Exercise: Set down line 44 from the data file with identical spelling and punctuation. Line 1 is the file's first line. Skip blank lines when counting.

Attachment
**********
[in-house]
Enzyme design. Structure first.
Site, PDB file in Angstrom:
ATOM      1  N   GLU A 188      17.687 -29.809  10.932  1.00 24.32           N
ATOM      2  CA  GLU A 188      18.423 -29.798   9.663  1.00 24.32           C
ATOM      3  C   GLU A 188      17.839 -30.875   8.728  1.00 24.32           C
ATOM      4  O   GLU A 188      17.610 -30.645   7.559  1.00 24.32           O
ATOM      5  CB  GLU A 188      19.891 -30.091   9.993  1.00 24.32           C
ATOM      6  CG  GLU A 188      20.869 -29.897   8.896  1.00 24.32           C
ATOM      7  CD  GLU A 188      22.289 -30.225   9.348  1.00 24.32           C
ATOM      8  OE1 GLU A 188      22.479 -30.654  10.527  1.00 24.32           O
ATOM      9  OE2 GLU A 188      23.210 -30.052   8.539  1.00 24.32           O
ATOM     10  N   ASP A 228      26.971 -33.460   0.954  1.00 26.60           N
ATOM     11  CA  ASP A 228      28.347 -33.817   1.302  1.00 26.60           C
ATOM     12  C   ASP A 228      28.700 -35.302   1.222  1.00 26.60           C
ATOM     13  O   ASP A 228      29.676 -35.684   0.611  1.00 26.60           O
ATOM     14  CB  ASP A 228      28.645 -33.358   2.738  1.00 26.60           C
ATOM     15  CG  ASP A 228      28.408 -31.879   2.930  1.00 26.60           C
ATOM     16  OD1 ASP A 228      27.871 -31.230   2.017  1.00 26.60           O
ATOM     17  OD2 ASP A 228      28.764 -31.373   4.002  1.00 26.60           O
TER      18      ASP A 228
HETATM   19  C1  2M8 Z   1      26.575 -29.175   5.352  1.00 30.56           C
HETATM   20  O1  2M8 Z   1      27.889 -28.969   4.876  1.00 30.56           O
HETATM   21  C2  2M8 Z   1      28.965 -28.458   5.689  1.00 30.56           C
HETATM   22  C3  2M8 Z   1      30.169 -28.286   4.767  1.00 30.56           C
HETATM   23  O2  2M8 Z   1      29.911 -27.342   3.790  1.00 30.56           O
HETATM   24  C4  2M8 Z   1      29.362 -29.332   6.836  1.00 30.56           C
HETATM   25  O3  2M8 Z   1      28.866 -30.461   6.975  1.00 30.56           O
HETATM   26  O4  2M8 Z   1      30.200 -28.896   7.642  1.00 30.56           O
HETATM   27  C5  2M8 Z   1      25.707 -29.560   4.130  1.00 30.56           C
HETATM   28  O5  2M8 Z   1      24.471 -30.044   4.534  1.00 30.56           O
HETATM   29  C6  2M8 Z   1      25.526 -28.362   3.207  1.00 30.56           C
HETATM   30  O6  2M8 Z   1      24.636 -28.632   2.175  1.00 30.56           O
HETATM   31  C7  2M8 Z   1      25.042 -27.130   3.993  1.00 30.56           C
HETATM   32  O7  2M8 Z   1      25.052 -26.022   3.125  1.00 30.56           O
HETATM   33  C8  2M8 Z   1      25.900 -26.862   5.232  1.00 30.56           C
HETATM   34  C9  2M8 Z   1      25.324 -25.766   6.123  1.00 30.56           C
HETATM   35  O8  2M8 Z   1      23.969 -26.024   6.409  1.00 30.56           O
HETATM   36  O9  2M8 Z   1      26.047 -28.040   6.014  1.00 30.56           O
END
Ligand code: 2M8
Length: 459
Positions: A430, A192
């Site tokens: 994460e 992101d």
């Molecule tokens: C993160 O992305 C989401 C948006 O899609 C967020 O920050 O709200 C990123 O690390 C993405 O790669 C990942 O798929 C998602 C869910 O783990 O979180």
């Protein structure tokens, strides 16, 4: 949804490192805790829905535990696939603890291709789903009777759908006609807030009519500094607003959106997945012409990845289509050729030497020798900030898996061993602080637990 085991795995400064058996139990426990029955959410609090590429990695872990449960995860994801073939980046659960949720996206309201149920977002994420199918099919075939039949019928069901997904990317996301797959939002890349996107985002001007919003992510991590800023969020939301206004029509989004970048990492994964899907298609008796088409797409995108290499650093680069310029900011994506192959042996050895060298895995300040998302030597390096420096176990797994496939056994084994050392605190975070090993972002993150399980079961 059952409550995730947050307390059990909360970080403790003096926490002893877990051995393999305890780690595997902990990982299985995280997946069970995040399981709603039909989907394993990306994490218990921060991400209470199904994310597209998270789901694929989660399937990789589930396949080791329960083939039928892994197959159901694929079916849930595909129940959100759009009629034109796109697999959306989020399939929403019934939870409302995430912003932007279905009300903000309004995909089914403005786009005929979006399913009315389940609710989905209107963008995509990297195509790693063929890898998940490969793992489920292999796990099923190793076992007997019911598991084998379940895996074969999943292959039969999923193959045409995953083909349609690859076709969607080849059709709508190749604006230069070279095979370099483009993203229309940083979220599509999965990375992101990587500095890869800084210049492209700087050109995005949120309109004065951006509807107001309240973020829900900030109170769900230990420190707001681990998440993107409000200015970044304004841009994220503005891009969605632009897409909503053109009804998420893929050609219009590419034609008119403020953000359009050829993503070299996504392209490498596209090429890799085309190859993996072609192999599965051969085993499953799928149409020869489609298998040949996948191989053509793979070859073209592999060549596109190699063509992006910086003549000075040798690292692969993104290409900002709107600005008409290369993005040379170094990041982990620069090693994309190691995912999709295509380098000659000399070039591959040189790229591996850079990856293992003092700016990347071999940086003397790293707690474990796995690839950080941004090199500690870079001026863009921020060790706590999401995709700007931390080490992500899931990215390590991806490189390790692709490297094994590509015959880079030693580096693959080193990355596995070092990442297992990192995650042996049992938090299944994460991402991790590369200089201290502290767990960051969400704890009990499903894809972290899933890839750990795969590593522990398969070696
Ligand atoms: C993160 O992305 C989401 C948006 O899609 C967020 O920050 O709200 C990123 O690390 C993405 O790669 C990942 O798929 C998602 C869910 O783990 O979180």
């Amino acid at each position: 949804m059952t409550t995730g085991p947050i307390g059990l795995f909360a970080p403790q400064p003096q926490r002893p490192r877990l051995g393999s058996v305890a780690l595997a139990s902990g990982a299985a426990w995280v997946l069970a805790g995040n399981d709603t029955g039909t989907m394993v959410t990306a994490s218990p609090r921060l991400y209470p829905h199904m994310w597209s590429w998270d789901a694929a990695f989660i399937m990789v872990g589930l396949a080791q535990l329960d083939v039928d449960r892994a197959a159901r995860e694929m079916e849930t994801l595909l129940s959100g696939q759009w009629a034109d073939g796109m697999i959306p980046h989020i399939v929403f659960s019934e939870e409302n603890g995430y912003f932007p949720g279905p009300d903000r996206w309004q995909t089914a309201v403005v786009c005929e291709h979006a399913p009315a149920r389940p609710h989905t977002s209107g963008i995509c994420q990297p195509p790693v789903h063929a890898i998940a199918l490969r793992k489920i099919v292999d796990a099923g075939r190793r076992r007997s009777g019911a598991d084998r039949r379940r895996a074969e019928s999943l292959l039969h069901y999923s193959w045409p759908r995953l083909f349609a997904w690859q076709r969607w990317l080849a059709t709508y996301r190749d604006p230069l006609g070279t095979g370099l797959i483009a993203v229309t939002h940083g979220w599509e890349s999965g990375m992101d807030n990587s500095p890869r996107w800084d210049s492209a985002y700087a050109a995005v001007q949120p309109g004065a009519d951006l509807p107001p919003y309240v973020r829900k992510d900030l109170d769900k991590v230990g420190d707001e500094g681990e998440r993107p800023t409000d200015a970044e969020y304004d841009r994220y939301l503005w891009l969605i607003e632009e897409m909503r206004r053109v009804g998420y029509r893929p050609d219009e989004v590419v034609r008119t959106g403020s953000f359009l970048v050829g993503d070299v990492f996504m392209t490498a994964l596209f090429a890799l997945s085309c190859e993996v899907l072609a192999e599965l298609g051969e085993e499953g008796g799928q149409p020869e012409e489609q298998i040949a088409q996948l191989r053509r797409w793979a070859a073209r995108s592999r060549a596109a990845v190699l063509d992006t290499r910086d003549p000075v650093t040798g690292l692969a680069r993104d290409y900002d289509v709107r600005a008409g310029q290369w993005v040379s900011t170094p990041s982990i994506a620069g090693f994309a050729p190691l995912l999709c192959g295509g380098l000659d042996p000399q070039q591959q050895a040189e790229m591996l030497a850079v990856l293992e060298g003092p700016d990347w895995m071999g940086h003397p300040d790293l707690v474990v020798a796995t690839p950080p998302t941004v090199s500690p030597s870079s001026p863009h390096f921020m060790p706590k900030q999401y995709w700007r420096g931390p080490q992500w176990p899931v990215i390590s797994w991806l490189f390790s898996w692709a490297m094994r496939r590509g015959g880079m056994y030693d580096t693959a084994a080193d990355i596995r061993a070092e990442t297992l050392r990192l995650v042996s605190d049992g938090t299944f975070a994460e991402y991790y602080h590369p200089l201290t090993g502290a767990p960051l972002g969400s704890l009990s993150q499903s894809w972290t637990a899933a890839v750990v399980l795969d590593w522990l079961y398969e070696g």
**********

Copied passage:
């Site tokens: 994460e 992101d």